This is an unputdownable book; there is no choice but to give in to this most unbelievably pleasurable of narrative rides. From Pointillism to broad brushstroke bravura, the prose seems to be on some benign, timed-release speed: its pace in unflagging, its onward rush irresistible... Faber's take on the 19th Century English novel is a heady and intoxicating mixture of affection, respect and scabrous resistance * The Times * A sexy, bravura novel... wildly entertaining * New York Times * When a book is this big, it had better be good - this one is. Dive in. Enjoy! -- Alice Sebold Owes as much to John Fowles as it does to Charlotte Bronte. Which is to say that the book is both mind-bogglingly clever and page-turningly tempting. Don't miss it * Daily Telegraph * An astonishing narrative sweep that encompasses Victorian society in all its colourful variety, it peels away the surface gentility and brings its world to vivid life. It's a feast for all five senses and in spite of its weight, it's impossible to put down. -- Val McDermid Key to its success is the book's sly acknowledgment of its modernity without recourse to taking up the crude cudgels of irony ... a sybaritic pleasure and a ripping yarn. * Times * Owes as much to John Fowles as it does to Charlotte Bronte. Which is to say that the book is both mind-bogglingly clever and page-turningly tempting. Don't miss it. * Daily Telegraph * An intensely imaginative time-travel experience. * Independent * Takes the historical novel and, in the spirit of its subject matter, submits it to a good rogering in terms of graphically exposing the sexual details Dickens and Co. couldn't (or wouldn't) write about. * Sunday Herald * It is a long read but a rewarding one. It is also, unsurprisingly, a sexy one. Indeed, at times it seems that the real central characters are the readers, good voyeurs that we are. * Observer * The verdict: a scary tome, but crack the spine and you're into a gripping tale ... Try if you like the thought of Dickens rising again to have a stab at erotic drama. * FHM***** * At 828 pages, it's the size of a piglet and twice as heavy. Even so, I find myself lugging it to and fro on the train because my need to know what happens next outweighs the beast. -- Rowan Pelling Down-and-dirty tale of an upwardly mobile Victorian prostitute ... a scintillating tour de force. * Sunday Telegraph * A cracking read, a Victorian page-turner with a twenty-first-century consciousness. Wilkie Collins would be proud. -- Louise Welsh The novel that Dickens might have write had he been allowed to speak freely ... Faber's writing is so dizzyingly accomplished that he is able to convince you that, just sometimes, the old stories really are the best ones. -- Kathryn Hughes * Guardian * Wonderfully enjoyable ... an intensely imaginative time travel experience. -- Jane Jakeman * Independent * An achievement which may leave you wondering if this vast work is, if anything, a little too short. -- Ross Gilfillan * Daily Mail * There may have been many great novels set I Victorian times, among them A.S Byatt's Possession and John Fowles's The French Lieutenant's Woman. No disrespect intended, but none of them compares with Faber's morality tale. It really is that special. -- Alan Taylor * Sunday Herald * This novel is impressive for its unflagging energy ... With his enormous cast of characters and a plot constantly simmering with violence, sex, coincidences and melodramatic surprises, he also shows himself to be a master storyteller. -- Francis King * Literary Review * From the opening pages it is clear that Faber writes some of the most ravishingly beautiful prose of any young writer. -- S.B. Kelly * Scotland on Sunday * It is hardly too long at all, and thus good value at 0.02147p a page ... You are unlikely to regret a single hour/day/month spent in Faber's diverting, exuberant and intelligent company. -- Michael Thompson-Noel * Financial Times * Extremely sophisticated. * Daily Telegraph * Faber is the master of the spine-tingling page-turner, while creating a wholly believable universe. * Dazed and Confused * And for readers finally tiring of the forced, fleeting, insubstantial and unrewarding efforts of all those lad-lit, baby-lit, metro-lit, dot-com, tex-lit, day-glo genres endlessly three-for-twoing on the bookshop tables, I would recommend Crimson Petal as a restorative and solid antidote. -- Robert Edric * Spectator * In everything that he has written so far, Michel Faber has shown that he can write in a breathtakingly wide range of styles, from satire to lyricism. Here, he puts it all together. All the narrative tricksiness that allows him to lay convincingly false trails. All the historical accuracy that makes him a trustworthy guide. All the skills of characterisation that leave you wanting yet another 860 pages by the time you reach the novel's end. -- David Robinson * Scotsman * More cautionary tale than morality play, The Crimson Petal and the White is sustained by comic genius, clever detail, inspired characterisation and a fluid, stylish feel for language. -- Eileen Battersby * Irish Times * Alluringly readable. -- David Sexton * Evening Standard * There has been no account like this: an intimate, unflinching, raw anatomy of a woman who makes her living from sex, yet has more intelligence and wit than all her clients rolled together ... its style, too, is exceptional - lucid, compelling, and intimate. -- Rosemary Goring * Herald * A masterpiece. -- Alex Clark * Red Magazine * An epic in the style of Dickens or Hardy, yet more enlightening of its time because it brings current sensibilities to its subject matter. -- Lorna Russell * Big Issue * A confident, self-conscious, resolutely modern novel. It's a good read, and makes explicit all those things about which real Victorian novelists were so frustratingly coy. -- Rebecca Abrams * New Statesman * A confection of melodrama, gothic horror, satire and sentimentalism. It is, in the wittiest, most irreverent way possible, teeming with the ghosts of literature past. -- Hephzibah Anderson * Observer * This year's most entertaining novel. * Boston Globe * Faber has crafted a rich work, taking on a Victorian form, style and setting, and put it to work exploring themes that exercise us today, managing all the while to spin sugary prose which, at times, takes your breath away. It's a trite phrase to end on, but if you read one novel this year, make it this one. -- Jack Mottram * Big Issue * The Crimson Petal is not a book which could have been written by an author whose over-riding characteristic is indifference or remoteness. It is too compassionate and empathetic a novel. Faber's problem, it seems to me, is not his sense of alienation but his surfeit of humanity. -- Sunday Times * Gillian Bowditch * Faber's best novel yet teems with surface detail - the sweat, noise, filth and colour of the streets and the drawing room. But its playful narrative isn't afraid to grapple with the big questions. Ultimately, it is most striking for its exploration of female sexual psychology, but perhaps its greatest achievement is that - despite its size - it's almost impossible to put down. -- Claire Allfree * Metro * This gorgeously written book delivers a rush of blood to the head more satisfying than (almost) any other pleasure. Read it or regret it. * Sleazenation * This is a novel to immerse yourself in and to savour. -- Simon Humphreys * Mail on Sunday * A lasting love affair; the intimate relationship one develops with the characters after reading for 834 pages is much more satisfying than the mere one-night-stand promised by other novels. * People Magazine * Faber is a writer of many moods and, whether shedding hilarious light on protocol in 19th-century brothels or unraveling the mixed motives of do-gooders trying to rescue fallen women, never fails to tell his story with wit, intelligence and charm. -- David Robson * Sunday Telegraph * A hugely original take on the historical novel. -- Maggie Pringle * Sunday Express * It's hard to imagine that any contemporary novelist could have appropriated with such skill and force the irresistible narrative drive of the Victorian three-decker, or that readers who hunger for story won't devour this like grateful wolves. Riveting, and absolutely unforgettable. * Kirkus Review US * Utterly absorbing. -- Cathy Kelly * Irish Independent * Cocky and brilliant, amused and angry, the author is rightfully earning comparisons to observer extraordinaire Charles Dickens ... It's hopeless to resist. * Entertainment Weekly * Faber has the Victorian virtue of telling a good story grippingly and colourfully. The Crimson Petal and the White is an old-fashioned page-turner with pleasingly newfangled twists. * Washington Post * Here's a 19th-century novel that could have been written by a 21st-century Hollywood scriptwriter ... Sugar is Amber St. Claire, Becky Sharp and Scarlett O'Hara rolled into one, but frontal too, like Sex and the City's Samantha Jones ... this is a masterpiece. Don't wait for the film. * Canada Post * When a book is this big it had better be good - this one is. Dive in. Enjoy! -- Alice Sebold, author of The Lovely Bones Irresistibly readable. -- Ruth Rendell The most enjoyable novel I've read all year. * Independent on Sunday * Unbelievably pleasurable. * The Times * A big, sexy, bravura novel ... wildly entertaining. * New York Times * Smelling salts at the ready, girls! * Elle * I read a lot, but i don't think i've ever read a character so absolutely conjured as Sugar ...she is so complex, full of paradox. She is also very damaged. -- Romola Garai [The Crimson Petal is] laced with sex, nudity and mordant wit. ... Sugar is one of the most fascinating heroines in modern fiction. -- Rosemary Goring * Herald * Bafta-shaped brilliance from Auntie's Ye Olden Filthe drawer. * Guardian * Astonishing. * Good Book Guide * The first pages have to be among the most seductive I've read * Clare English * -- Dieser Text bezieht sich auf eine andere Ausgabe: Taschenbuch.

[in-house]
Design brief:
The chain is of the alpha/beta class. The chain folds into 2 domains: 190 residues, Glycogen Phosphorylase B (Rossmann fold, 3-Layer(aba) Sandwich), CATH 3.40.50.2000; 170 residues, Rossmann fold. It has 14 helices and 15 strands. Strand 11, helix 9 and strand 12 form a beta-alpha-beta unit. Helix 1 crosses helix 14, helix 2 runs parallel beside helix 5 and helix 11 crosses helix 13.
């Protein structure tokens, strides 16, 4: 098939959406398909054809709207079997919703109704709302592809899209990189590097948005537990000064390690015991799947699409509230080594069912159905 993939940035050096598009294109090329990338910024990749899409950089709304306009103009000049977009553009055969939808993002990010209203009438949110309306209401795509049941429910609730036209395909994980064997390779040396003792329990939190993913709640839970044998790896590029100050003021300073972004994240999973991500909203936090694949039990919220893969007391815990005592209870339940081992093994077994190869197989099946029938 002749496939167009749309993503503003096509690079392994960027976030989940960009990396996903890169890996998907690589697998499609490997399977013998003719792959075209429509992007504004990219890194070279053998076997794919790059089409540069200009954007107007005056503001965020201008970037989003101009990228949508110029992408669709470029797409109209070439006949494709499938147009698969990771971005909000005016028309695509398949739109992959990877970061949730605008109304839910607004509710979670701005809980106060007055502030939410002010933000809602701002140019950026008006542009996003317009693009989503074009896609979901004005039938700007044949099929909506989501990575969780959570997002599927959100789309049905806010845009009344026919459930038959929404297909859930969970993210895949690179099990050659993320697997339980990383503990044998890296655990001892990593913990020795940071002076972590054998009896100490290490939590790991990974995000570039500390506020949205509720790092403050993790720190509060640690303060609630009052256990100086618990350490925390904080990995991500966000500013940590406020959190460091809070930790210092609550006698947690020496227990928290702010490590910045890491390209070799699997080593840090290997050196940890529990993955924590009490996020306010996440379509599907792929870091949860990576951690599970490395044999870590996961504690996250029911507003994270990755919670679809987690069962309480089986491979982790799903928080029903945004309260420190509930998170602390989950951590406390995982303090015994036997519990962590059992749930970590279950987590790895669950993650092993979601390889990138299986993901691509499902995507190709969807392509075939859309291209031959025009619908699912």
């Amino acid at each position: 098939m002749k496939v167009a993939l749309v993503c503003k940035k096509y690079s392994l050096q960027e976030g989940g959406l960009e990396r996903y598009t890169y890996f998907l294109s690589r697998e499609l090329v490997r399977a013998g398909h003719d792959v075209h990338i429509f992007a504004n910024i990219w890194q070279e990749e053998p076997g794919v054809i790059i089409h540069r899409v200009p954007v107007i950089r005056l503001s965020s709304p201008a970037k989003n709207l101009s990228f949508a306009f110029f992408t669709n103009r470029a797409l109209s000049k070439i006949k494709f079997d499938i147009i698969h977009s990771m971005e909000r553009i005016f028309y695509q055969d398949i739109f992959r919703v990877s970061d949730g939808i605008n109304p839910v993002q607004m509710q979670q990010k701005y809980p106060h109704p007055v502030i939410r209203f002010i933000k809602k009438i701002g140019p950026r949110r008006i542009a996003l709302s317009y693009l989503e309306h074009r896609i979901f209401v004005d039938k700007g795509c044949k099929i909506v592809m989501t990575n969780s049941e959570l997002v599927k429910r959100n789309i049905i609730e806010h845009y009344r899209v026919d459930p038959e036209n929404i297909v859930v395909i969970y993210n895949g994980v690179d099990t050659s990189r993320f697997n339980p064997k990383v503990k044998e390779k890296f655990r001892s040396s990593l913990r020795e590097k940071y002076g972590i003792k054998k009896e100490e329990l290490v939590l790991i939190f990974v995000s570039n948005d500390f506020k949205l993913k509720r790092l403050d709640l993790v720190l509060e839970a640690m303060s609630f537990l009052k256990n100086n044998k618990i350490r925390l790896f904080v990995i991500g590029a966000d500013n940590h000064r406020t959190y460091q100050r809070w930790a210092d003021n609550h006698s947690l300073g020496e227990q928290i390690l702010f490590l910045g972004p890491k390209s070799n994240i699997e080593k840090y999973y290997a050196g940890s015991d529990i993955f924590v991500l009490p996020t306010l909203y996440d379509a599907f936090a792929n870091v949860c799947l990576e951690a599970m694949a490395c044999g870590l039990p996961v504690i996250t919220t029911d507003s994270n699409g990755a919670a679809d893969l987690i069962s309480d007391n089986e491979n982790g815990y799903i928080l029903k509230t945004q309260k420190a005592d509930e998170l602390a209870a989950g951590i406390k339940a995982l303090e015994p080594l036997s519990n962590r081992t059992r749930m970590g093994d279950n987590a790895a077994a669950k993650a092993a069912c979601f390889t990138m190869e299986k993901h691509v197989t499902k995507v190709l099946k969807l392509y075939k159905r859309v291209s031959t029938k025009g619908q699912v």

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Von Ein Kunde am 23. Februar 2003